It was the unlikely solution to bike theft, first reported this week by the Metro and soon making headlines around the country: MBTA Transit Police created two life-sized cardboard cutouts of a real-life police officer, then placed them inside two busy bike rack cages at Alewife Station.
And just like that, bike theft decreased by 67 percent.
The cardboard cutout “scare-cops” (Get it? Scarecrow-cops!) may soon appear at other stations, though locations are yet to be determined, MBTA spokesman Joe Pesaturo said. As a deterrent to would-be thieves, it’s far cheaper than the overtime costs of posting an officer at the Alewife bicycle cages around-the-clock.
But one big question remains: Why does it work?
Transit Police Deputy Chief Robert Lenehan had a guess: “I think it’s our inner conscience. Even though they know that it’s not a real cop, there is some psychology at work,” he told the Metro.
It turns out, he’s exactly right.
I called up David Rand, assistant professor of psychology and economics at Yale University, and told him the T police’s new tactic.
Rand, who studies cognitive behavior, was totally stoked. “This is really, really cool,” he proclaimed.
Rand’s research centers on human cooperative behavior, trying to figure out why people, animals, and organisms work together for a common good — even if it comes at a cost to them as an individual.
And much of the reason why we’re willing to sacrifice for the common good — to “take one for the team,” as it were — is because we don’t want to look bad. We monitor other people’s actions because we know their wrongdoings might have consequences on us. We judge the guy who steals from the cookie jar or cuts in line, because those cookies are supposed to be for all of us, and nobody wants to wait extra-long for their deli sandwich.
That fear of judgment from friends and neighbors translates into self-policing: Being caught red-handed with your hand in the cookie jar is pretty embarrassing. And the need to preserve our reputation keeps society intact. Without the potential for shame, we would all steal from each other, which would feel rewarding for a little while — who doesn’t want a free iPod? — but would pretty quickly be bad for society as a whole.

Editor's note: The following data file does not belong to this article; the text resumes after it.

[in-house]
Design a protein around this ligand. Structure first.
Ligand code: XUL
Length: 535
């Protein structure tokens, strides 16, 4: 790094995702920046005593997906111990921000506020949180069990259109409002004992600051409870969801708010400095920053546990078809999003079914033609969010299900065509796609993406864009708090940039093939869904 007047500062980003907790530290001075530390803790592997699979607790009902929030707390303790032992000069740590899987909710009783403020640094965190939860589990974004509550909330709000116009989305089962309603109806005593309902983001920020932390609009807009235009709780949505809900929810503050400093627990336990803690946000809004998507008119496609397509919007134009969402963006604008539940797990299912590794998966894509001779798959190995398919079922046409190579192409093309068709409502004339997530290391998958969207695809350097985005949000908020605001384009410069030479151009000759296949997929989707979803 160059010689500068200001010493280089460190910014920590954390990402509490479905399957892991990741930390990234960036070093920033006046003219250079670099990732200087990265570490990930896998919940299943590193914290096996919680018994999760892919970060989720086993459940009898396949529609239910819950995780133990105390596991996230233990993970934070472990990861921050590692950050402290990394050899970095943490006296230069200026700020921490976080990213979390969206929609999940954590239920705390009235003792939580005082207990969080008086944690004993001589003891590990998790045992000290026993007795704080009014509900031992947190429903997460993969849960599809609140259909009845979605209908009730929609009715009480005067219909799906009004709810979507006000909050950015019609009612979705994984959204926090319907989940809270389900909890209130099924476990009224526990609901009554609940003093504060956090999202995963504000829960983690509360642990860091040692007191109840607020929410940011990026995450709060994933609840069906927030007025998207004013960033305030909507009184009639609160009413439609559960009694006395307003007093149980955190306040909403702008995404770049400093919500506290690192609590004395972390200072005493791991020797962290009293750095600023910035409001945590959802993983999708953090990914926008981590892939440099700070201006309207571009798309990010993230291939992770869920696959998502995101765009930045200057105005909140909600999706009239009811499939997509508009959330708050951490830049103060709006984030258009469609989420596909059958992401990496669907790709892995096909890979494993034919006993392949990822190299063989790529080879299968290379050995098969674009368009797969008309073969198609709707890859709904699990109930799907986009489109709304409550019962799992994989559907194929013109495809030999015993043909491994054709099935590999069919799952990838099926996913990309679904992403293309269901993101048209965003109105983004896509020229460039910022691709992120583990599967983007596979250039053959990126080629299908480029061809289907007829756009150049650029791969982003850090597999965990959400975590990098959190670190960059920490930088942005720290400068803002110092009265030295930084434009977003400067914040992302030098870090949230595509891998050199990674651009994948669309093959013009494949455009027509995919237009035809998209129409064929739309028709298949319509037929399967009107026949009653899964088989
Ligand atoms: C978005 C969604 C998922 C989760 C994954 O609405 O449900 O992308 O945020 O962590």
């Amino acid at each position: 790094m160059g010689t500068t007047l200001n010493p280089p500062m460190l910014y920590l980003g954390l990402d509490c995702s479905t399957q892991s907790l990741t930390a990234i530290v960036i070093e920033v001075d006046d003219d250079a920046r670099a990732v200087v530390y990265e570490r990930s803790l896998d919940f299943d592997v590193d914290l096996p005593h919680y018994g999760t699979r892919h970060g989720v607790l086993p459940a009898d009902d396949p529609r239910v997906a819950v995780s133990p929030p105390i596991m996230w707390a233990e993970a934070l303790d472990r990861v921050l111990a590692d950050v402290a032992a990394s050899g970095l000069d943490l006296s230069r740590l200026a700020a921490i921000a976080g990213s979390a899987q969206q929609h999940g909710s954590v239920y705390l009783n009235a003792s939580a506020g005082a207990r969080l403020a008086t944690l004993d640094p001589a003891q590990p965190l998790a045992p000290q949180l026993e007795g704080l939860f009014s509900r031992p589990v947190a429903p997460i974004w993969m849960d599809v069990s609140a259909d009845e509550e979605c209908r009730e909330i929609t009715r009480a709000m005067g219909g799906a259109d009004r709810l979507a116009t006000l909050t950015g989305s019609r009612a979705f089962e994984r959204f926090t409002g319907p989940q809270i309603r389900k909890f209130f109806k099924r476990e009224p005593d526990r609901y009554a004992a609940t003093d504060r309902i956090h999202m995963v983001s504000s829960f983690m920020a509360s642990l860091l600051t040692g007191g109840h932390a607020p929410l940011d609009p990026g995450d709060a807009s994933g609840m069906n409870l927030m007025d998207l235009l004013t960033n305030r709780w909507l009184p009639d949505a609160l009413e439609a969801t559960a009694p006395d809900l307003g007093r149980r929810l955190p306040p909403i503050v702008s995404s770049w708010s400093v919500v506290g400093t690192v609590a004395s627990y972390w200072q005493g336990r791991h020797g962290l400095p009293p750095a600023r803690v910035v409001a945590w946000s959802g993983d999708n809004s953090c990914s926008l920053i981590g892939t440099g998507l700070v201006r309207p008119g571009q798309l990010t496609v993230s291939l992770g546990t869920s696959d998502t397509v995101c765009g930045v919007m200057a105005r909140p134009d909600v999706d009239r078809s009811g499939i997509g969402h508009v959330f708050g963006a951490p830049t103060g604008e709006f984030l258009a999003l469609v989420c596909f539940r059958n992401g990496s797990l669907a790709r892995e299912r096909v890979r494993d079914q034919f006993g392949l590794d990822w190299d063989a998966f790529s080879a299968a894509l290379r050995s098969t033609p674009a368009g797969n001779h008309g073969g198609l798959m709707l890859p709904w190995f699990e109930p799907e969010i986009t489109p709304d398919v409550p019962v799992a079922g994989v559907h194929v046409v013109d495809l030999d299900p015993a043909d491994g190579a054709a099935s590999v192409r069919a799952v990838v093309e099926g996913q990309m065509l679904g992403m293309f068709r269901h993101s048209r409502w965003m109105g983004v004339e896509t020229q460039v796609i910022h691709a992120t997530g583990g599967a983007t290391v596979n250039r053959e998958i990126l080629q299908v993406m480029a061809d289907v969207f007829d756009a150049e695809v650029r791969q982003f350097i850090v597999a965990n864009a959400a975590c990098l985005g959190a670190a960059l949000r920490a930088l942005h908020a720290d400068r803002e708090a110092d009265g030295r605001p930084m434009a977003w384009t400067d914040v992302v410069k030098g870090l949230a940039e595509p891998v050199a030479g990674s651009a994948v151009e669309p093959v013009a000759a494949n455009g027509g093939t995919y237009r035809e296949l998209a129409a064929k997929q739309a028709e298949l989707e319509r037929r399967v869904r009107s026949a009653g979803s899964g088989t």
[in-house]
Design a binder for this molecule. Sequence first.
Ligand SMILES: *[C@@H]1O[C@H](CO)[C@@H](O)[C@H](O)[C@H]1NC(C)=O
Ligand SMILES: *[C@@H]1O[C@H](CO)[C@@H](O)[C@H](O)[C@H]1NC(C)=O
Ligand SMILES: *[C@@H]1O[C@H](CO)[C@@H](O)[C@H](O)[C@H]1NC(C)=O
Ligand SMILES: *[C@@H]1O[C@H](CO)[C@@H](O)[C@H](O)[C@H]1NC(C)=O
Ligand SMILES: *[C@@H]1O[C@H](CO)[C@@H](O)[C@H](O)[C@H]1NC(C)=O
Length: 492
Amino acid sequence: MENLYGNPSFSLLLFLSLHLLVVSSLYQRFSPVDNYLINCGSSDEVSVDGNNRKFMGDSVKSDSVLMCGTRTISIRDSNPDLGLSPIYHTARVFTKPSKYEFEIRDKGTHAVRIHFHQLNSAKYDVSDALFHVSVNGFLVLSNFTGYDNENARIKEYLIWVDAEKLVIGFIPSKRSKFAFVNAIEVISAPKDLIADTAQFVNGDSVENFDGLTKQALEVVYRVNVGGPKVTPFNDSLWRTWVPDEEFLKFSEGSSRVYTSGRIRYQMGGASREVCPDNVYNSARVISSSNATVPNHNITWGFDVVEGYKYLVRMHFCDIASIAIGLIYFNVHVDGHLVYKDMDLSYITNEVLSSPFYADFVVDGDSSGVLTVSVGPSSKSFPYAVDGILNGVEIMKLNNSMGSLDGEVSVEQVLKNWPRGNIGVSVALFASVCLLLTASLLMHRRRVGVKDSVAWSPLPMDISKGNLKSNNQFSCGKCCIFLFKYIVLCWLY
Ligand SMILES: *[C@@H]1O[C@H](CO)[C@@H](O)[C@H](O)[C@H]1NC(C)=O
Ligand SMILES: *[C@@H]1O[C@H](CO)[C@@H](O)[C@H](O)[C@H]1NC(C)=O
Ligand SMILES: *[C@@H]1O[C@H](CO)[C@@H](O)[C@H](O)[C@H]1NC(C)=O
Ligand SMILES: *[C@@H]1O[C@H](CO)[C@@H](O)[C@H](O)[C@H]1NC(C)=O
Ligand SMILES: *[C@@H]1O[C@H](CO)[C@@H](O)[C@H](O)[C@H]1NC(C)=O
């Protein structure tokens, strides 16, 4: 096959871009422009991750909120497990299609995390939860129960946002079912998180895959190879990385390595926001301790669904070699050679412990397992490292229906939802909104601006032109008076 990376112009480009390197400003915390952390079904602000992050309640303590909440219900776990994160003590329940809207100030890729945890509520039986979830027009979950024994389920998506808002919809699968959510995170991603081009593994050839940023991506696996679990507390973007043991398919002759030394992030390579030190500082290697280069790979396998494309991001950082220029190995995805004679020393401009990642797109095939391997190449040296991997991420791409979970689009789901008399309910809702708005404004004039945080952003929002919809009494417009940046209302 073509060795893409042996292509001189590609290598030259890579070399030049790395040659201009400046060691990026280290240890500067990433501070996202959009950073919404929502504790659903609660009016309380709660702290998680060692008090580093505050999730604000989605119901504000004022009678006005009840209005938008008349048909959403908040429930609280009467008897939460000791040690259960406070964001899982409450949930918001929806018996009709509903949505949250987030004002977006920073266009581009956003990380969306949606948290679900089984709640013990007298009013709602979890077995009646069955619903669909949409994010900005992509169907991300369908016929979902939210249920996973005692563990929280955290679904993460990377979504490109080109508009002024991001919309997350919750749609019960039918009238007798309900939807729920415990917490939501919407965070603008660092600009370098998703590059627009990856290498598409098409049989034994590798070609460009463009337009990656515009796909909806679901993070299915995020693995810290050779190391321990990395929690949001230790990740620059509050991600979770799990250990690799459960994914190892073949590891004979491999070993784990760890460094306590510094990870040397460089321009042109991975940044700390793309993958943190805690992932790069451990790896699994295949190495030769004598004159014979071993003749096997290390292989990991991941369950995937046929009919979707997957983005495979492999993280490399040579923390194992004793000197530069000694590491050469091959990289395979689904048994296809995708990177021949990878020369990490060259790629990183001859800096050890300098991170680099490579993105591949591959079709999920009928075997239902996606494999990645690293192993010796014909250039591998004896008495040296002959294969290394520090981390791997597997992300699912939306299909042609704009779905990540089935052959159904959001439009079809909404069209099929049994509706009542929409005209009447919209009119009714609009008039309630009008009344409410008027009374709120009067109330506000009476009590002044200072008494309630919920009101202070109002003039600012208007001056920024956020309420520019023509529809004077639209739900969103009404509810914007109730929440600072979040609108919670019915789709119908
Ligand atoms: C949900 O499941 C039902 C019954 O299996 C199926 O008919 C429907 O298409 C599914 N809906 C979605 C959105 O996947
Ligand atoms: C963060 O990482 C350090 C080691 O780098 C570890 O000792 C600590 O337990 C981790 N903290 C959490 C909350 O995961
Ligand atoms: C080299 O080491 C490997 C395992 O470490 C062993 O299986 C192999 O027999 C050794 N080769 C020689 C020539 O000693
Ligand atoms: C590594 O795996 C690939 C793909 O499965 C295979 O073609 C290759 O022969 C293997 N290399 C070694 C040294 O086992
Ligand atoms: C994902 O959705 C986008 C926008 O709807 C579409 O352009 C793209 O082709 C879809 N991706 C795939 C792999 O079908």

“If you think about the world we live in, reputation and concerns about reputation are a hugely powerful force in shaping human behavior,” Rand said.
“Not wanting to look bad, and not wanting other people to know you’re doing bad things,” he continued, “is a really pervasive element of what it is to be human.”
That feeling is so deeply ingrained — so fundamental to what makes us human — that we even feel it on a sub-conscious level, Rand said.
Which brings us back to the scare-cop.
“Even though, rationally, you understand that’s not a real cop,” Rand said, “that feeling of being watched taps into a sort of intuitive level below conscious reasoning, and that affects your behavior.”
There are all kinds of studies in the psychology world that support this: In one 2005 study, people playing computer games in which they allocate money to others are more generous when a pair of stylized eyes appears as the background image of their computer desktop.
The same is true in office kitchens, Rand said — leave a box of doughnuts and a sign asking that people leave a dollar in payment, and they’re much more likely to adhere to the honor system if the sign features a pair of human eyes.
His conclusion? Bring on more scare-cops!
“This is a really cool public policy tool that is way underutilized,” Rand said. “It makes total sense. It’s super-cheap to implement, and should be really effective.”